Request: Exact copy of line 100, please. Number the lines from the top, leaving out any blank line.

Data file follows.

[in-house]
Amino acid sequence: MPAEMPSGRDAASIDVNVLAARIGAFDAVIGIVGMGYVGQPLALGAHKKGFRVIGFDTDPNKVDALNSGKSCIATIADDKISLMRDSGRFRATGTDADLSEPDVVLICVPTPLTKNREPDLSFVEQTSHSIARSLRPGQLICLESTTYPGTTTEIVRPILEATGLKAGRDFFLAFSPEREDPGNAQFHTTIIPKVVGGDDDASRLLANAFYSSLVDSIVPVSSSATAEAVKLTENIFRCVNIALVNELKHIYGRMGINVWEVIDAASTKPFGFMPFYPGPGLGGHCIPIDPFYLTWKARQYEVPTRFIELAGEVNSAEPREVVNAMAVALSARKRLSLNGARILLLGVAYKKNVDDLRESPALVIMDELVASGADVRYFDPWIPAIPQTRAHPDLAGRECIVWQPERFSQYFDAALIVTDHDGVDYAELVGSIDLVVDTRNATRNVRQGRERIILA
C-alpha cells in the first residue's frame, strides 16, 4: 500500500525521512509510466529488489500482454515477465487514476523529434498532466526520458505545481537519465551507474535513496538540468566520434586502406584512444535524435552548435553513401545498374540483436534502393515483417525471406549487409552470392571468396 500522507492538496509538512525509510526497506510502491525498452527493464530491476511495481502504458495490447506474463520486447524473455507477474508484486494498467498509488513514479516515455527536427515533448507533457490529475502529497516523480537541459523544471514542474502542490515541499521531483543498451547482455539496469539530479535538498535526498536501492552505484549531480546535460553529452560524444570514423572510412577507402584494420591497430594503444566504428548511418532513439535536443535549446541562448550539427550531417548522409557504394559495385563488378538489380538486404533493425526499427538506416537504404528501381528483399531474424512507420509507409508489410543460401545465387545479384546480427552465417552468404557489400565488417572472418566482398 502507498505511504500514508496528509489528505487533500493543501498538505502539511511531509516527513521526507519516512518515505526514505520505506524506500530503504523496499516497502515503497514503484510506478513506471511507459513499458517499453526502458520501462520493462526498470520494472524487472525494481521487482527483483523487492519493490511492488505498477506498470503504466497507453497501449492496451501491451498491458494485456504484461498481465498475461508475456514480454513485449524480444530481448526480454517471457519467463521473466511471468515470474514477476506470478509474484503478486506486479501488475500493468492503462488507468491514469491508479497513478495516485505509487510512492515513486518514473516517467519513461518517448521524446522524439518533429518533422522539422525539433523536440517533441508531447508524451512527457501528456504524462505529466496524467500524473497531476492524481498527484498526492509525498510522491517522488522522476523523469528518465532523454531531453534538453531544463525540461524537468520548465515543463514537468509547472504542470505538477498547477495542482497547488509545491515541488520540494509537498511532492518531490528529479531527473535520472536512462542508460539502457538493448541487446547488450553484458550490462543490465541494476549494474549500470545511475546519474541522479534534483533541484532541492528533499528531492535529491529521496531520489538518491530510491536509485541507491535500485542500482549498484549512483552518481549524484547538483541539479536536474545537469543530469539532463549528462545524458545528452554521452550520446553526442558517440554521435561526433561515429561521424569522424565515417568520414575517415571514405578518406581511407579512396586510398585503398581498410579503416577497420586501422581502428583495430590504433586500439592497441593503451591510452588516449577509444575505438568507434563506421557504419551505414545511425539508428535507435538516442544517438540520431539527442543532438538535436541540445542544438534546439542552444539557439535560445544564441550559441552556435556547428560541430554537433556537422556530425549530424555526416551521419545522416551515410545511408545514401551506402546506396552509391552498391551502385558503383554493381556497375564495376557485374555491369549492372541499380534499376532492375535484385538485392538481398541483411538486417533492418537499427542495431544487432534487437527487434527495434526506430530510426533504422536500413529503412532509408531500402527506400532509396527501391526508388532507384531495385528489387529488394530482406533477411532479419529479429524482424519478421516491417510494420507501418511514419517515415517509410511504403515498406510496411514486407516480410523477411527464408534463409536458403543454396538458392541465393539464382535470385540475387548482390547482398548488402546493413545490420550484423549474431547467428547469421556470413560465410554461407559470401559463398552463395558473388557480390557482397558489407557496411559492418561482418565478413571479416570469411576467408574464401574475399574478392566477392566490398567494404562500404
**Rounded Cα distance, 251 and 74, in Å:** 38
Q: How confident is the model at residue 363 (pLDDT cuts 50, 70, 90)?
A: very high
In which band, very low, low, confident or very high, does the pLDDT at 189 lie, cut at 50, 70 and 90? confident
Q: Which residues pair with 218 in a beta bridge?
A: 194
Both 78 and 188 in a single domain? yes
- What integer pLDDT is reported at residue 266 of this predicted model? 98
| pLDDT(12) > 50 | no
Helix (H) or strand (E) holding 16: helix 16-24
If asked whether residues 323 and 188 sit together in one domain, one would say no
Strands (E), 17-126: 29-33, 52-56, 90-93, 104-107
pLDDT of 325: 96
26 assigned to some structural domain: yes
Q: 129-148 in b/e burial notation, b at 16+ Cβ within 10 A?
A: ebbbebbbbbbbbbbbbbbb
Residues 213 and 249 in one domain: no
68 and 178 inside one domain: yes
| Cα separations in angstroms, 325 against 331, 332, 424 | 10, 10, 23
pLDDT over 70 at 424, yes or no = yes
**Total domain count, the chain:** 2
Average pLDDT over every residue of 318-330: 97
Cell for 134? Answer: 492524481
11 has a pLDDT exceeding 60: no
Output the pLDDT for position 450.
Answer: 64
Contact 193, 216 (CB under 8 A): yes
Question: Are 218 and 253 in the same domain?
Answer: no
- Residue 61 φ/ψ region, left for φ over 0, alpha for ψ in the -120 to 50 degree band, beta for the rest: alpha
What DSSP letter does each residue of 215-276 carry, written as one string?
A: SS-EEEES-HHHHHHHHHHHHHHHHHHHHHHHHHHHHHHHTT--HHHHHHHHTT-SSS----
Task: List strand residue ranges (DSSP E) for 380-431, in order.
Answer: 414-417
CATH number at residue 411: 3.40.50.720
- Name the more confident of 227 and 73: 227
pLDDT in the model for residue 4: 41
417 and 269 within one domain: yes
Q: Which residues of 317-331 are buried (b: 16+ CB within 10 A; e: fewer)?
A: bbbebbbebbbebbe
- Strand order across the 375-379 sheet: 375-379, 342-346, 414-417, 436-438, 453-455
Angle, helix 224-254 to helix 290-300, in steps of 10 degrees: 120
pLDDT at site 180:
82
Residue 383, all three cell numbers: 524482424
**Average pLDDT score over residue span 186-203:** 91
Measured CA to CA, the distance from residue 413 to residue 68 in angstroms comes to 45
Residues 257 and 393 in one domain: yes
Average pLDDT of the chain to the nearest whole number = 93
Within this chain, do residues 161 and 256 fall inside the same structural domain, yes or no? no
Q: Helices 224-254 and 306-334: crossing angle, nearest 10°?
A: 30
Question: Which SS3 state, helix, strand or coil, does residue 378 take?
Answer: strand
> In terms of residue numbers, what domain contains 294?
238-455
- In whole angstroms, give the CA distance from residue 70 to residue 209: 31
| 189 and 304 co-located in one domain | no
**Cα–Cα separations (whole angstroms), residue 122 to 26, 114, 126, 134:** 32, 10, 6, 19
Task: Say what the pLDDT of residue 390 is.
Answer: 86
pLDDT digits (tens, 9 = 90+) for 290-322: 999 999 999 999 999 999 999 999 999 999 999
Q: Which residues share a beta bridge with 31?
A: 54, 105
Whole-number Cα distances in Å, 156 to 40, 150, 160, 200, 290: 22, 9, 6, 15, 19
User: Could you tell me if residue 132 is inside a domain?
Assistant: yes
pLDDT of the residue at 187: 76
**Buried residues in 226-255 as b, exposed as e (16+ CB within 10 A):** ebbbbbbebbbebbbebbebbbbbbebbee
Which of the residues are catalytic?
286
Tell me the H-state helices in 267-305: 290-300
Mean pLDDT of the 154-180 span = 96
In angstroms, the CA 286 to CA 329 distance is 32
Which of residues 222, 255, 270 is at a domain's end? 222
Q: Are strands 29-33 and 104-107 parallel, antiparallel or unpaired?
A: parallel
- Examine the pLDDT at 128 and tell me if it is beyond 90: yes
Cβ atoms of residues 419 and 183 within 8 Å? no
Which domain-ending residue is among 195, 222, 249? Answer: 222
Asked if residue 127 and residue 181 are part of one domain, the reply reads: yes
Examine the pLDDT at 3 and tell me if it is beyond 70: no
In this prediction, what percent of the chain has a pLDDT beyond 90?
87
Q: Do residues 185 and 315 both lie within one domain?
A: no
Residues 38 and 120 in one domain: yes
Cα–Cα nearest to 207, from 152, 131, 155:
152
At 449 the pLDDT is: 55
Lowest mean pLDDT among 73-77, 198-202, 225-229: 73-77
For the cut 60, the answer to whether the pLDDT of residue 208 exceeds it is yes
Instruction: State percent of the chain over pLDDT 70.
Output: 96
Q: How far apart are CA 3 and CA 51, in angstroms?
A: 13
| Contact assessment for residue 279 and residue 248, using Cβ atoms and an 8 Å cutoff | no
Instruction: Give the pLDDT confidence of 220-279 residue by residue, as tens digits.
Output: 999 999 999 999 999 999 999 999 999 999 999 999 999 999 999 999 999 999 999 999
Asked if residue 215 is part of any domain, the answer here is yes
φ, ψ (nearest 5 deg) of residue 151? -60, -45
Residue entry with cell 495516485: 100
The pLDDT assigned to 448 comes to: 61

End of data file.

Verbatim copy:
| Contact assessment for residue 279 and residue 248, using Cβ atoms and an 8 Å cutoff | no